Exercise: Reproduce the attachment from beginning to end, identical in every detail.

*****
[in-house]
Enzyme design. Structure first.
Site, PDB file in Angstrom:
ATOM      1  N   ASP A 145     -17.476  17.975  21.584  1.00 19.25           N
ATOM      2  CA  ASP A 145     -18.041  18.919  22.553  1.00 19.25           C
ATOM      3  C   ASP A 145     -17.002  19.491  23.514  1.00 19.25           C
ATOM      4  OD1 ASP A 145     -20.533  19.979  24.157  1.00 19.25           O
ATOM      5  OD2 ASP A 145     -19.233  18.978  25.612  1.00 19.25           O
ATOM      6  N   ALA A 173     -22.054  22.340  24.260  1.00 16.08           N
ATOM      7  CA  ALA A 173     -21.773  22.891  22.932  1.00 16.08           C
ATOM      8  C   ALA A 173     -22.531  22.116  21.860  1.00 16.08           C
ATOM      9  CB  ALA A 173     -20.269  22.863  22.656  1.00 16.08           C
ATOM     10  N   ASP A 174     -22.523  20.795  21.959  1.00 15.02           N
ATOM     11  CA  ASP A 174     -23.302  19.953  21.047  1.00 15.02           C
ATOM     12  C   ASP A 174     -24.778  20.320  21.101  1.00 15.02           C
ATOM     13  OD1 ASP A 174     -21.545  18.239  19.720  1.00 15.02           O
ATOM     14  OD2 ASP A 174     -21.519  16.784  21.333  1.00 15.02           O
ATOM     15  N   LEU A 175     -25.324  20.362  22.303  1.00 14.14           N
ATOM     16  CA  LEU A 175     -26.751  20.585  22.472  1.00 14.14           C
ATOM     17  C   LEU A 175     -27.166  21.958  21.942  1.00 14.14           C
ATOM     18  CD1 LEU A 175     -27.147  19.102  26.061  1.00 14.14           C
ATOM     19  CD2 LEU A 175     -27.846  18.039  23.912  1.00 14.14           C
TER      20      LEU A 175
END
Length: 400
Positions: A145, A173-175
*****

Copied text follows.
[in-house]
Enzyme design. Structure first.
Site, PDB file in Angstrom:
ATOM      1  N   ASP A 145     -17.476  17.975  21.584  1.00 19.25           N
ATOM      2  CA  ASP A 145     -18.041  18.919  22.553  1.00 19.25           C
ATOM      3  C   ASP A 145     -17.002  19.491  23.514  1.00 19.25           C
ATOM      4  OD1 ASP A 145     -20.533  19.979  24.157  1.00 19.25           O
ATOM      5  OD2 ASP A 145     -19.233  18.978  25.612  1.00 19.25           O
ATOM      6  N   ALA A 173     -22.054  22.340  24.260  1.00 16.08           N
ATOM      7  CA  ALA A 173     -21.773  22.891  22.932  1.00 16.08           C
ATOM      8  C   ALA A 173     -22.531  22.116  21.860  1.00 16.08           C
ATOM      9  CB  ALA A 173     -20.269  22.863  22.656  1.00 16.08           C
ATOM     10  N   ASP A 174     -22.523  20.795  21.959  1.00 15.02           N
ATOM     11  CA  ASP A 174     -23.302  19.953  21.047  1.00 15.02           C
ATOM     12  C   ASP A 174     -24.778  20.320  21.101  1.00 15.02           C
ATOM     13  OD1 ASP A 174     -21.545  18.239  19.720  1.00 15.02           O
ATOM     14  OD2 ASP A 174     -21.519  16.784  21.333  1.00 15.02           O
ATOM     15  N   LEU A 175     -25.324  20.362  22.303  1.00 14.14           N
ATOM     16  CA  LEU A 175     -26.751  20.585  22.472  1.00 14.14           C
ATOM     17  C   LEU A 175     -27.166  21.958  21.942  1.00 14.14           C
ATOM     18  CD1 LEU A 175     -27.147  19.102  26.061  1.00 14.14           C
ATOM     19  CD2 LEU A 175     -27.846  18.039  23.912  1.00 14.14           C
TER      20      LEU A 175
END
Length: 400
Positions: A145, A173-175